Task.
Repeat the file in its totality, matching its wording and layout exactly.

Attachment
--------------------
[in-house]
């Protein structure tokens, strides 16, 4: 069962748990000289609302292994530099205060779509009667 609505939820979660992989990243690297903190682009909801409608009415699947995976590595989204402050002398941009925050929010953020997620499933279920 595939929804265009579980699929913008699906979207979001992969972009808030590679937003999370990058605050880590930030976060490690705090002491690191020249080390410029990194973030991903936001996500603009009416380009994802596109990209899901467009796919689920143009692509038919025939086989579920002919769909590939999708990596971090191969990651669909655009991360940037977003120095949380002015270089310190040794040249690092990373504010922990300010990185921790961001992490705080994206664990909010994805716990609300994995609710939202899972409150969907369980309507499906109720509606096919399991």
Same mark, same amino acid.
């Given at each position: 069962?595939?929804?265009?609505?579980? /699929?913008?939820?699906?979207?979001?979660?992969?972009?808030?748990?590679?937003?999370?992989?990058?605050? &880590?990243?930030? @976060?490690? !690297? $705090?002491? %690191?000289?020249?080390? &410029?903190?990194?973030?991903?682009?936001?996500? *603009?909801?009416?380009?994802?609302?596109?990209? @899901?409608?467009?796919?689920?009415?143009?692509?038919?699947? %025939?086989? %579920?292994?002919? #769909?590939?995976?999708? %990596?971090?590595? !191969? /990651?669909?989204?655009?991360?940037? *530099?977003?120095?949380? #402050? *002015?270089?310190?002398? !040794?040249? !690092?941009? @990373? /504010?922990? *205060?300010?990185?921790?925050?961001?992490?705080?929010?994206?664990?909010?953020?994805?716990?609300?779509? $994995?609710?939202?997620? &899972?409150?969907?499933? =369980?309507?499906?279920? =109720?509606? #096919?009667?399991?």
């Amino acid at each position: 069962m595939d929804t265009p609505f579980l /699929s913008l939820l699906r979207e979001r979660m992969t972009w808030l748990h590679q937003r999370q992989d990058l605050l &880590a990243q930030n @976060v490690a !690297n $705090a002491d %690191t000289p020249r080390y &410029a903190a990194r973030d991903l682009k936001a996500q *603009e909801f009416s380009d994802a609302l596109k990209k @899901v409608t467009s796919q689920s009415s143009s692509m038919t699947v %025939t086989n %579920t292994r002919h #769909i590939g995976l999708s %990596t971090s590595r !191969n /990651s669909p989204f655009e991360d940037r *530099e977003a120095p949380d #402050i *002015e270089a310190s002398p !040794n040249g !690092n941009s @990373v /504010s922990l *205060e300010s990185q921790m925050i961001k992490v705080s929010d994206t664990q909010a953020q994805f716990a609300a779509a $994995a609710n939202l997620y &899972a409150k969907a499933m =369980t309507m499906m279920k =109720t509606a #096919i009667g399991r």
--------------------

[in-house]
């Protein structure tokens, strides 16, 4: 069962748990000289609302292994530099205060779509009667 609505939820979660992989990243690297903190682009909801409608009415699947995976590595989204402050002398941009925050929010953020997620499933279920 595939929804265009579980699929913008699906979207979001992969972009808030590679937003999370990058605050880590930030976060490690705090002491690191020249080390410029990194973030991903936001996500603009009416380009994802596109990209899901467009796919689920143009692509038919025939086989579920002919769909590939999708990596971090191969990651669909655009991360940037977003120095949380002015270089310190040794040249690092990373504010922990300010990185921790961001992490705080994206664990909010994805716990609300994995609710939202899972409150969907369980309507499906109720509606096919399991």
Same mark, same amino acid.
């Given at each position: 069962?595939?929804?265009?609505?579980? /699929?913008?939820?699906?979207?979001?979660?992969?972009?808030?748990?590679?937003?999370?992989?990058?605050? &880590?990243?930030? @976060?490690? !690297? $705090?002491? %690191?000289?020249?080390? &410029?903190?990194?973030?991903?682009?936001?996500? *603009?909801?009416?380009?994802?609302?596109?990209? @899901?409608?467009?796919?689920?009415?143009?692509?038919?699947? %025939?086989? %579920?292994?002919? #769909?590939?995976?999708? %990596?971090?590595? !191969? /990651?669909?989204?655009?991360?940037? *530099?977003?120095?949380? #402050? *002015?270089?310190?002398? !040794?040249? !690092?941009? @990373? /504010?922990? *205060?300010?990185?921790?925050?961001?992490?705080?929010?994206?664990?909010?953020?994805?716990?609300?779509? $994995?609710?939202?997620? &899972?409150?969907?499933? =369980?309507?499906?279920? =109720?509606? #096919?009667?399991?």
């Amino acid at each position: 069962m595939d929804t265009p609505f579980l /699929s913008l939820l699906r979207e979001r979660m992969t972009w808030l748990h590679q937003r999370q992989d990058l605050l &880590a990243q930030n @976060v490690a !690297n $705090a002491d %690191t000289p020249r080390y &410029a903190a990194r973030d991903l682009k936001a996500q *603009e909801f009416s380009d994802a609302l596109k990209k @899901v409608t467009s796919q689920s009415s143009s692509m038919t699947v %025939t086989n %579920t292994r002919h #769909i590939g995976l999708s %990596t971090s590595r !191969n /990651s669909p989204f655009e991360d940037r *530099e977003a120095p949380d #402050i *002015e270089a310190s002398p !040794n040249g !690092n941009s @990373v /504010s922990l *205060e300010s990185q921790m925050i961001k992490v705080s929010d994206t664990q909010a953020q994805f716990a609300a779509a $994995a609710n939202l997620y &899972a409150k969907a499933m =369980t309507m499906m279920k =109720t509606a #096919i009667g399991r």